EGU22-8113
https://doi.org/10.5194/egusphere-egu22-8113
EGU General Assembly 2022
© Author(s) 2022. This work is distributed under
the Creative Commons Attribution 4.0 License.

Exploration of Distributed Acoustic Sensing (DAS) data-space using a trans-dimensional algorithm, for locating geothermal induced microseismicity

Nicola Piana Agostinetti1,2, Emanuele Bozzi1, Alberto Villa1, and Gilberto Saccorotti3
Nicola Piana Agostinetti et al.
  • 1Department of Earth and Environmental Sciences, Universita' di Milano Bicocca, Milano, Italy (nicola.pianaagostinetti@unimib.it)
  • 2Geophysics Section, School of Advanced Studies, Dublin Institute for Advanced Studies, Dublin, Ireland (piana@cp.dias.ie)
  • 3Sezione di Pisa, Istituto Nazionale di Geofisica e Vulcanologia, Pisa, Italy (gilberto.saccorotti@ingv.it)

Distributed Acoustic sensing (DAS) data have been widely recognised as the next generation of  seismic data for applied geophysics, given the ultra-high spatial resolution achieved. DAS data are recorded along a fiber optic cable at pre-defined distances (called “channels”, generally with 1-10 meters spacing). DAS data have been benchmarked to standard seismic data (e.g. geophones) for tasks related to both exploration and monitoring of georesources.

The analysis of DAS data has to face two key-issues: the amount of data available and their “directionality”. First, the huge amount of data recorded, e.g. in monitoring activities related to georesources exploitation, can not be easily handled with standard seismic workflow, given the spatial and temporal sampling (for example, manual picking of P-wave arrivals for 10 000 channels is not feasible). Moreover, standard seismic workflow have been generally developed for “sparse" network of sensors, i.e. for punctual measurements, without considering the possibility of recording the quasi-continuous seismic wavefield along a km-long cable. With the term “directionality" we mean the ability of the DAS data to record horizontal strain-rate only in the direction of the fiber optic cable. This can be seen as a measure of a single horizontal component in a standard seismometer. Obviously, standard seismic workflow have not been developed to work correctly for a network of seismometers with a unique horizontal component, oriented with variable azimuth from one seismometer to the other. More important, “directionality” can easily bias the recognition of the seismic phase arriving at the channel, which could be, based on the cable azimuth and the seismic noise level, a P-wave or an S-wave.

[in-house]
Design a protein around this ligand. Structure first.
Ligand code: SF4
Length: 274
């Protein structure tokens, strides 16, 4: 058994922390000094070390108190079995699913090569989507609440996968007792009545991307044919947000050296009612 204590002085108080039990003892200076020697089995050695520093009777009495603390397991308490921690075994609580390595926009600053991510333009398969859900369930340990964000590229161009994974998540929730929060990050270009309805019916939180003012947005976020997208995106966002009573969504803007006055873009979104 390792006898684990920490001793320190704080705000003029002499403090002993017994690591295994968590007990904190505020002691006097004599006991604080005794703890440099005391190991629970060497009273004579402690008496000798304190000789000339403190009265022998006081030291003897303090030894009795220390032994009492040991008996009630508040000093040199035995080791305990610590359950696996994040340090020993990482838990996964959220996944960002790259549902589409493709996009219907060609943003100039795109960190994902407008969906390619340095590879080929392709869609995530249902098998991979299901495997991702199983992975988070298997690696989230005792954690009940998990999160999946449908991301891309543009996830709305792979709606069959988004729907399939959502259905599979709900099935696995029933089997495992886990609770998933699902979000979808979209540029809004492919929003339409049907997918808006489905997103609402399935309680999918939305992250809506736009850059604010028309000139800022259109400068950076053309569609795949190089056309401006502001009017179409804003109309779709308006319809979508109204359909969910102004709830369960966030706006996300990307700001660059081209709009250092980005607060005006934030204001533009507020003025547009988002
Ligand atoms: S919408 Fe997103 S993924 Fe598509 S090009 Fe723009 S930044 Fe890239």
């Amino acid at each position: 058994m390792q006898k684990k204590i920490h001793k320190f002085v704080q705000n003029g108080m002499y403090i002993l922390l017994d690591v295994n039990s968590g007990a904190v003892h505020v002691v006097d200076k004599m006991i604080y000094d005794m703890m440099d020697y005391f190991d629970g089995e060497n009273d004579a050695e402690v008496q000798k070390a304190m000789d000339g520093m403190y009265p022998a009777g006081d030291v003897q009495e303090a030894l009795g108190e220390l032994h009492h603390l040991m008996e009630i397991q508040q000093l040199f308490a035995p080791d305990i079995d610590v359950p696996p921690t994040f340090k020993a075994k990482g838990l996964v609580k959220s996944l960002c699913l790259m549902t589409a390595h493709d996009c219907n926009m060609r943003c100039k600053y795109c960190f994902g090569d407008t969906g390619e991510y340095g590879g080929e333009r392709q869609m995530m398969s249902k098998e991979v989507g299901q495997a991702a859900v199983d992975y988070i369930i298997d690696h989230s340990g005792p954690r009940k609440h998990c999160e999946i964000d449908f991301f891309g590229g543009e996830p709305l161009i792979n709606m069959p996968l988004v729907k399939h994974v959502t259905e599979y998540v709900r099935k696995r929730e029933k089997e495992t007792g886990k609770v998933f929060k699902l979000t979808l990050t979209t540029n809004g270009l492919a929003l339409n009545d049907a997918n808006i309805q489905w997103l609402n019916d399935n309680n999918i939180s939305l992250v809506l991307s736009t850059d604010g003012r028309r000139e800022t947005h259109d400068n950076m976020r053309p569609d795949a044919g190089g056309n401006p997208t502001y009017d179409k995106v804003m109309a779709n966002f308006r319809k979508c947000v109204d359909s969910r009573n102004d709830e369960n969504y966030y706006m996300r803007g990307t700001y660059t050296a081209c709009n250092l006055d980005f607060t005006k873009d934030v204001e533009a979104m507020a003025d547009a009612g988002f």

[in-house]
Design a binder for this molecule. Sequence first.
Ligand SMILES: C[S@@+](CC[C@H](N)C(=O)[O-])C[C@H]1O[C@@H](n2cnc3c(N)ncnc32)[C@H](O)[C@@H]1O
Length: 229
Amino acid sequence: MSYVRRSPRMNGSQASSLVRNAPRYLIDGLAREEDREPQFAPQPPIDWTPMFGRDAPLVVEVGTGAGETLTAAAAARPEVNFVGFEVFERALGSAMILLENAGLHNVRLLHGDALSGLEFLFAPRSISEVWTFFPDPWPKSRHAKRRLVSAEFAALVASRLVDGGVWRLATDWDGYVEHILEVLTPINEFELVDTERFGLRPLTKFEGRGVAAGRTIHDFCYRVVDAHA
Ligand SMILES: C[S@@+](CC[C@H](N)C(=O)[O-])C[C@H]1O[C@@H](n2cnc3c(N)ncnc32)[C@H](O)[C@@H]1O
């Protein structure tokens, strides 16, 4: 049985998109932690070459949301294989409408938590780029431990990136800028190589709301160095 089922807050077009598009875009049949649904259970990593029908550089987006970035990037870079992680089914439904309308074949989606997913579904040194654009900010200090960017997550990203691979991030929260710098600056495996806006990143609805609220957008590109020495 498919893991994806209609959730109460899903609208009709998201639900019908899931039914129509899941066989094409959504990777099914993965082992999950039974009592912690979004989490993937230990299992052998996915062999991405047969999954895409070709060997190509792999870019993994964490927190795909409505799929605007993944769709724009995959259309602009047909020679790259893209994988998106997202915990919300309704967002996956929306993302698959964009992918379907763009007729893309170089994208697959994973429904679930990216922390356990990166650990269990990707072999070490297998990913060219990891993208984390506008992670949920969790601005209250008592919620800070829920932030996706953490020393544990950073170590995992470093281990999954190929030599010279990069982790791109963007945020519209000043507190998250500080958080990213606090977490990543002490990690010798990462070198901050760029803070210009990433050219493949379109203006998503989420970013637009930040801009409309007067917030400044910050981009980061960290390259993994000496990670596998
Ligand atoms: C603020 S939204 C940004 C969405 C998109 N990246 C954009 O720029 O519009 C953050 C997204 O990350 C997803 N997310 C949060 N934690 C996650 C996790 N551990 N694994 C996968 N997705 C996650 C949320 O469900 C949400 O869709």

We developed a novel application for exploring DAS data-space in a way that: (1) data are automatically down weighted with the distance from the event source; (2) recorded phases are associated to P- or S- waves with a probabilistic approach, without pre-defined phase identification; and (3) the presence of outliers is also statistically considered, each phase being potentially a converted/refracted wave to be discarded. Our methodology makes use of a trans-dimensional algorithm, for selecting relevant weights with distance. Thus, all inferences in the data-space are fully data-driven, without imposing additional constrains from the seismologist.

How to cite: Piana Agostinetti, N., Bozzi, E., Villa, A., and Saccorotti, G.: Exploration of Distributed Acoustic Sensing (DAS) data-space using a trans-dimensional algorithm, for locating geothermal induced microseismicity, EGU General Assembly 2022, Vienna, Austria, 23–27 May 2022, EGU22-8113, https://doi.org/10.5194/egusphere-egu22-8113, 2022.

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